When I was seven years old, in 1951, this is what I was reading. There wasn't much of anything else around at the time. I didn't come to Enid Blyton properly till I was about eight, in North Borneo. While I lived in Nigeria, from 1950 - 1952 or early 1953, I mostly read OUR ISLAND STORY (and I've written about this experience on this blog in the past. Here is the link: http://the-history-girls.blogspot.co.uk/2011/08/blog-post.html) and a book called TALES OF TROY by Andrew Lang. It's not the kind of thing you'd think of giving a seven-year-old to read nowadays but I adored it and could recite long passages from the book off by heart. I read it all the time, eagerly, avidly, and I fell in love from that moment with the story of the Trojan War.
On every single recto page are the words: ULYSSES, SACKER OF CITIES, almost as though this were a kind of subtitle to the legend on the verso pages: TALES OF TROY. This obviously planted something in my mind because I've always taken the side of the Trojans in the war that lasted so many years and that ended with the most famous city destruction of them all, though there have been a few contenders more recently for this dubious honour.
One of the chief attractions of this book is the illustrations. I'm putting up two examples. This one because I used to love declaiming the words that accompany the drawing of the mortally-wounded Paris, throwing himself on Oenone's mercy. I'm going to quote the words I loved so much, just because I still love them. "Lady, despise me not and hate me not, for my pain is more than I can bear. Truly it was by no will of mine that I left you lonely here, for the Fates that no man may escape led me to Helen. Would that I had died in your arms before I saw her face! But now I beseech you in the name of the Gods, and for the memory of our love, that you will have pity on me and heal my hurt and not refuse your grace and let me die here at your feet."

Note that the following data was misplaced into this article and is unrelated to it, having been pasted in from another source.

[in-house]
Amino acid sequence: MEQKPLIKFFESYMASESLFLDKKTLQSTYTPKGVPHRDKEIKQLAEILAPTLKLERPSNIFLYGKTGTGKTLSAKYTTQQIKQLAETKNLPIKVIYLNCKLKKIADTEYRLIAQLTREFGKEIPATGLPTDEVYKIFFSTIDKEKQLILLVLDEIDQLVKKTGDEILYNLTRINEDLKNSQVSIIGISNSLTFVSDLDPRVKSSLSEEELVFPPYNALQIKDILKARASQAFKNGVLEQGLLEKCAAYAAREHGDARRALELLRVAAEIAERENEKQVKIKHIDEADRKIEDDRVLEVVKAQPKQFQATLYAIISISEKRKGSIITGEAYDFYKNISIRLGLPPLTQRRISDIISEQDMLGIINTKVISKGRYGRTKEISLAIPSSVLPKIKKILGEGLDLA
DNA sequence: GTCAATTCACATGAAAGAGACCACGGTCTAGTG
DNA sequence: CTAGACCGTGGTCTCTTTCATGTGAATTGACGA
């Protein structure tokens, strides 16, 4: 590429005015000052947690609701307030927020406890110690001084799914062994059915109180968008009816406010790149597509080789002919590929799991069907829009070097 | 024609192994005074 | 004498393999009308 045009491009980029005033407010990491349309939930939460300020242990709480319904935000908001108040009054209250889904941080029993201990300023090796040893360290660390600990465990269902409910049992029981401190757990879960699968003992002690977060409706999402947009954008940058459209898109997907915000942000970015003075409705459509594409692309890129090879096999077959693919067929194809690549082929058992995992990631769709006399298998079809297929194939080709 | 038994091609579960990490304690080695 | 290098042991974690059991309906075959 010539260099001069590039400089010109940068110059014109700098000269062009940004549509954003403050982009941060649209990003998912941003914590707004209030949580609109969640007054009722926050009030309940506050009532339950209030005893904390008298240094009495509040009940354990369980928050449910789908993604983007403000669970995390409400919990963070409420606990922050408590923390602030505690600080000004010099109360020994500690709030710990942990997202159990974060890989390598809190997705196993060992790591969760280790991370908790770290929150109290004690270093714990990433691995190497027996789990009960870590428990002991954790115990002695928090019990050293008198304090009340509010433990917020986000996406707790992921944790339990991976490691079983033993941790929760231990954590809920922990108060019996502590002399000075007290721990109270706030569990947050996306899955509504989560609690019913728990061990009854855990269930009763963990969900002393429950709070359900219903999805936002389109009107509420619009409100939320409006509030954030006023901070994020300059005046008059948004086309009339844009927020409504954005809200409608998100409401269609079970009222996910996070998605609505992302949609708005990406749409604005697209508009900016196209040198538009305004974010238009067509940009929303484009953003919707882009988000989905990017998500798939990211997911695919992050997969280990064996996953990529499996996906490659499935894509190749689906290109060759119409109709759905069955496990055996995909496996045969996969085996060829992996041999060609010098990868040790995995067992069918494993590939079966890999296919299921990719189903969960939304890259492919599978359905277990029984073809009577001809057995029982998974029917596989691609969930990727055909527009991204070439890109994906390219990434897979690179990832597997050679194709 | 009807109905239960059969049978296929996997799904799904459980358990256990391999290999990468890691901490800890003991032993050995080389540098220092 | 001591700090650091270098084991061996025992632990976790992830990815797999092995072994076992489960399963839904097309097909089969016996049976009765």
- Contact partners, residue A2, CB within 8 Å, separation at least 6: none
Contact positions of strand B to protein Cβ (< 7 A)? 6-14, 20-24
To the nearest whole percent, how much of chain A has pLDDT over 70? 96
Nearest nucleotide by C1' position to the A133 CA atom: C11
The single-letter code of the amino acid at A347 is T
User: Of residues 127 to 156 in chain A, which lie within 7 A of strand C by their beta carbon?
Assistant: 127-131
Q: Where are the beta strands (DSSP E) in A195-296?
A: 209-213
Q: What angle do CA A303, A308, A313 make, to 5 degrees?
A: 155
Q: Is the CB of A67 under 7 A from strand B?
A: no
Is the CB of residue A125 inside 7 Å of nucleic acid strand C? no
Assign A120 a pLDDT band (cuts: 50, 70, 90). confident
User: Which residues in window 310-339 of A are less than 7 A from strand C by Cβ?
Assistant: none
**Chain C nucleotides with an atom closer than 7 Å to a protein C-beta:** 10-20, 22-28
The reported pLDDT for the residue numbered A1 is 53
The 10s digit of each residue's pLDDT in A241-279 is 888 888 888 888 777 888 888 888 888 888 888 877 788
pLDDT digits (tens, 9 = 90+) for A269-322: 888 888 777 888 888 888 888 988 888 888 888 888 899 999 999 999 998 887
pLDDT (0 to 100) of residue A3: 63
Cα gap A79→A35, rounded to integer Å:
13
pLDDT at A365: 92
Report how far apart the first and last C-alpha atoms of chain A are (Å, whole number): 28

Oenone's expression conveys perfectly what she's feeling: a mixture of still-burning love, pity for a wounded man and a good bit of "I'm not going to be tricked into listening to your blandishments, you bastard!"
The picture of Helen on the walls of Troy, pointing something out to Priam, was my favourite drawing of all. I think it's the dress. I just longed to own one precisely like that and it's still my benchmark for all 'classical' garments.
So this is where my interest in all things classical began. I went on to read Virgil's Aenied Book 2 and then Book 4 while at school. I didn't study Ancient Greek but read translations of the Iliad and the Odyssey. I read, as student of French, LA GUERRE DE TROIE N'AURA PAS LIEU by Jean Anouilh. And in the fullness of time I wrote my own novel, TROY, which is the story of five normal teenagers who just happened to have grown up during the time that their city was besieged by Ulysses. And we know who he was, do we not? The Sacker of Cities. It's a story that's endured for thousands of years and every time someone retells it, it lives again. I am proud to have taken my place in a long line of writers who've been inspired by this tale.
P.S. TROY is out of print, but probably findable in a library near you.